By Marianne Lavelle
Not long ago, a carbon tax was the untouchable third rail of climate politics.
“We have done extensive polling on carbon tax. It all sucks,” John Podesta, Hillary Clinton’s campaign chairman, wrote to another adviser in a memorable January 2015 email from the Wikileaks stash.
But four years later, amid the political upheaval wrought by President Donald Trump, several carbon tax proposals are getting a serious look on Capitol Hill. Ironically, the president’s rejection of climate science and his fossil fuel-focused agenda may have helped usher in an era when carbon taxation is politically thinkable.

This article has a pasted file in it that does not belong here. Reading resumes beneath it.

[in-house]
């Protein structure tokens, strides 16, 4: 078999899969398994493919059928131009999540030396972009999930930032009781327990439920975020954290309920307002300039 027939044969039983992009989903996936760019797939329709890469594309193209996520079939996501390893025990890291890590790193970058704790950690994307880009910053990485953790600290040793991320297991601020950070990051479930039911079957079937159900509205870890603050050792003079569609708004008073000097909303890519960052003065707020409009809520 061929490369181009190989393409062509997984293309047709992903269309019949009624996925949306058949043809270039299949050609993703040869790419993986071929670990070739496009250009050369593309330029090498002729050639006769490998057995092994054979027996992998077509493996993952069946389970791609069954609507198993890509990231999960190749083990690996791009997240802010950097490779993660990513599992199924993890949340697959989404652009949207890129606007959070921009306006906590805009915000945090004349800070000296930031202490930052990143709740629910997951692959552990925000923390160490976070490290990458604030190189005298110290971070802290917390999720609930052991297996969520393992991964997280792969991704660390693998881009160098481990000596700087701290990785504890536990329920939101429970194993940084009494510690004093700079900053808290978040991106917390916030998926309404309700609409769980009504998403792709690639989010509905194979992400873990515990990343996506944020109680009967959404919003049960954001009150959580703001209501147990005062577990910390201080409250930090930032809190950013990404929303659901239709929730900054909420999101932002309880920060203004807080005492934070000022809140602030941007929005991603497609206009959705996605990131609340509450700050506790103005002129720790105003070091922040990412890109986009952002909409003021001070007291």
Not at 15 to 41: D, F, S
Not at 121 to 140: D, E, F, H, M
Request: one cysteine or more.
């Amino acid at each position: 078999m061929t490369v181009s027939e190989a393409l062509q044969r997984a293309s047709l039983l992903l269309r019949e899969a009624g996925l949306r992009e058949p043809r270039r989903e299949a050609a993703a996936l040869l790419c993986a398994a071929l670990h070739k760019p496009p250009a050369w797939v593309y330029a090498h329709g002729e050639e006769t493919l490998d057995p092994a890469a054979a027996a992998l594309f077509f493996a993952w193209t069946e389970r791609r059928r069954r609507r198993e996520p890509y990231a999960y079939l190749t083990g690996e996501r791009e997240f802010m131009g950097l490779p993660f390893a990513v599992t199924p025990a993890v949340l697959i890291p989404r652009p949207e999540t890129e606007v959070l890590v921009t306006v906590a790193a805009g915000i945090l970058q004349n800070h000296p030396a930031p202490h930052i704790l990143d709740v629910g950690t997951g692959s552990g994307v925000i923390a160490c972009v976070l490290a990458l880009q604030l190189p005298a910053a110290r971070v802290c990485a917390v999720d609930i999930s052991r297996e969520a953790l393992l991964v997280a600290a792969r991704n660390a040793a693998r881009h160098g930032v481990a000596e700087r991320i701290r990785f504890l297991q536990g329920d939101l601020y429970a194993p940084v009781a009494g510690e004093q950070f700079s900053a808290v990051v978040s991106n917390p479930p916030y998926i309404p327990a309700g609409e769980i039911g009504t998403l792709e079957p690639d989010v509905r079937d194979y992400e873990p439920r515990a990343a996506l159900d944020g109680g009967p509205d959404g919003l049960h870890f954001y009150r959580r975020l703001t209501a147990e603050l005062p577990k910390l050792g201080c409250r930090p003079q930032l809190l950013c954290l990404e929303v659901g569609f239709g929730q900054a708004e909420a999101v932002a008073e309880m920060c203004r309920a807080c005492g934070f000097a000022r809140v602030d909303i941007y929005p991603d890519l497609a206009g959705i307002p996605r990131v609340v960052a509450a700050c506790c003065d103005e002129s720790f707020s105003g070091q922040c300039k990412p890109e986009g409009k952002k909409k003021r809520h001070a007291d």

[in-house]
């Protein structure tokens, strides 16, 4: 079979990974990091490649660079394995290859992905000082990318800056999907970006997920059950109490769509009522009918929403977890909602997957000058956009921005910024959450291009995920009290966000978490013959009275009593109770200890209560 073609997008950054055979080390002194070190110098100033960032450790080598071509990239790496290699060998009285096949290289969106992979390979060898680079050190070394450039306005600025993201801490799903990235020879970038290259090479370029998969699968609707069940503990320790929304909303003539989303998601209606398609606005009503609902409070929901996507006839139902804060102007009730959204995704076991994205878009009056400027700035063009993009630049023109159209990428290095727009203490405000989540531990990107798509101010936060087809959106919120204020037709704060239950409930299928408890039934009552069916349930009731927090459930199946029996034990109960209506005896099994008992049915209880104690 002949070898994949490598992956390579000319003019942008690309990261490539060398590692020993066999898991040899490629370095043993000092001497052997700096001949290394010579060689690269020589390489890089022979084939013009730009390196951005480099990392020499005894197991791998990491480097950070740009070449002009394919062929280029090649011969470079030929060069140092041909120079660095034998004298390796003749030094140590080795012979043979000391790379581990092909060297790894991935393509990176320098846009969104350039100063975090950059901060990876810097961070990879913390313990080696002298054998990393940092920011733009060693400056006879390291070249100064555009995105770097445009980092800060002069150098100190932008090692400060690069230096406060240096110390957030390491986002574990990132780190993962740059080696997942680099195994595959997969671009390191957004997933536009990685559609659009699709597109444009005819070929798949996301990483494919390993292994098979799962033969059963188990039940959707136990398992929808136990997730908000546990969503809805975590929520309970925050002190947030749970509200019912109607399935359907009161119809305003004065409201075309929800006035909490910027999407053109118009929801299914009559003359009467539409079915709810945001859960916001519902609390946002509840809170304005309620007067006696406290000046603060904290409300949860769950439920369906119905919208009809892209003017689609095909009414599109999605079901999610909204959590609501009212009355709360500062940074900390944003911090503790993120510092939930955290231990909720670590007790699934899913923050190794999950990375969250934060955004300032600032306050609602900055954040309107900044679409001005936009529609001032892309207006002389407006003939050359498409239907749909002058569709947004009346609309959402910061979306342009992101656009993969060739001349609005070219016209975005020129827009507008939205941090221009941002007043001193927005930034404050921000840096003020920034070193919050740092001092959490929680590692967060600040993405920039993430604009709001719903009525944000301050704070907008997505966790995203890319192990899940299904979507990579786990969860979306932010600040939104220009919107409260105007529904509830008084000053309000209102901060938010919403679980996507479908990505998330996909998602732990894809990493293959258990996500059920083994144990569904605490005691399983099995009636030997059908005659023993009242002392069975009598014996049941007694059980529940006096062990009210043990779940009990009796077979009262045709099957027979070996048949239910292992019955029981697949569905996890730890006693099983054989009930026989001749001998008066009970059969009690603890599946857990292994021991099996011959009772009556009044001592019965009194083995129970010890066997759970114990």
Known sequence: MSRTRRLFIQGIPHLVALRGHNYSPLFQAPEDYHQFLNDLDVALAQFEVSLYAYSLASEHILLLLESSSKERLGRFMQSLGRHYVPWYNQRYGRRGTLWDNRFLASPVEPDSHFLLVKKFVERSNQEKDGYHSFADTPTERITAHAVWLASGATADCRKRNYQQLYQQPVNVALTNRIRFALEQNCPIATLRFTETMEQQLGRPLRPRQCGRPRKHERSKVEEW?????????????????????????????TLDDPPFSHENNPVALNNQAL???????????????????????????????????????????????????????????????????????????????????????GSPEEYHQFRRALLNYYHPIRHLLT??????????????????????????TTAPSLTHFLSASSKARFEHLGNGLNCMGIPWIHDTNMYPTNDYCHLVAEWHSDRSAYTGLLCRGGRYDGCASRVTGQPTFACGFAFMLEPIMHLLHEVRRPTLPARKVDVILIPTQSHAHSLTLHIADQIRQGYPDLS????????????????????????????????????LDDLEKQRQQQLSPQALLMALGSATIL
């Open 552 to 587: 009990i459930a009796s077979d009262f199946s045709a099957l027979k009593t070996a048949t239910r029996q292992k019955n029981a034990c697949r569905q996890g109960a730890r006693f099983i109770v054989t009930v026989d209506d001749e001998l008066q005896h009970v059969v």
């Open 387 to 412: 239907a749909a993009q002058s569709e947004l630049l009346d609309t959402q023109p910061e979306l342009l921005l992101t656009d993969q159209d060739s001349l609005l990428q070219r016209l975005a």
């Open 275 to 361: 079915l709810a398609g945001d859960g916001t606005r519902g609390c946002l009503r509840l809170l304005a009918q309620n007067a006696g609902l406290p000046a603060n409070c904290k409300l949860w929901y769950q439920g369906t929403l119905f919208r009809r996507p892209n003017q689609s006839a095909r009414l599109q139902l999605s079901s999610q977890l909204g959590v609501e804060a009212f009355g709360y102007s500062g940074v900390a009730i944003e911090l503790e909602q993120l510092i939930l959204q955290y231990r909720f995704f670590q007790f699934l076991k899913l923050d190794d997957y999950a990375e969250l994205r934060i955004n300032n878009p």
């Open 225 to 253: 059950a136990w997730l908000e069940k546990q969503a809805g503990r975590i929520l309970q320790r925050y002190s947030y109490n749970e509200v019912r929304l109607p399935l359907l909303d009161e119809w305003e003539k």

One carbon fee-and-dividend plan has already been introduced in Congress and more are expected. Editorial pages and conservative pundits are talking about carbon taxes as a pragmatic way to achieve the goals of the Green New Deal. And the opinion polls look a lot different than the ones that caused Podesta to recoil.
A plurality of Americans—44 percent—say they support a policy to reduce greenhouse gas emissions by taxing carbon-based fuels, according to a poll conducted last November by the Energy Policy Institute at the University of Chicago and the Associated Press. (Only 29 percent said they were opposed, while 25 percent were neutral.) A survey of registered voters by the Yale Program on Climate Change Communication and George Mason University found that 58 percent said they would favor a Republican-proposed carbon tax that would return all revenue to households in the form of monthly rebate checks.
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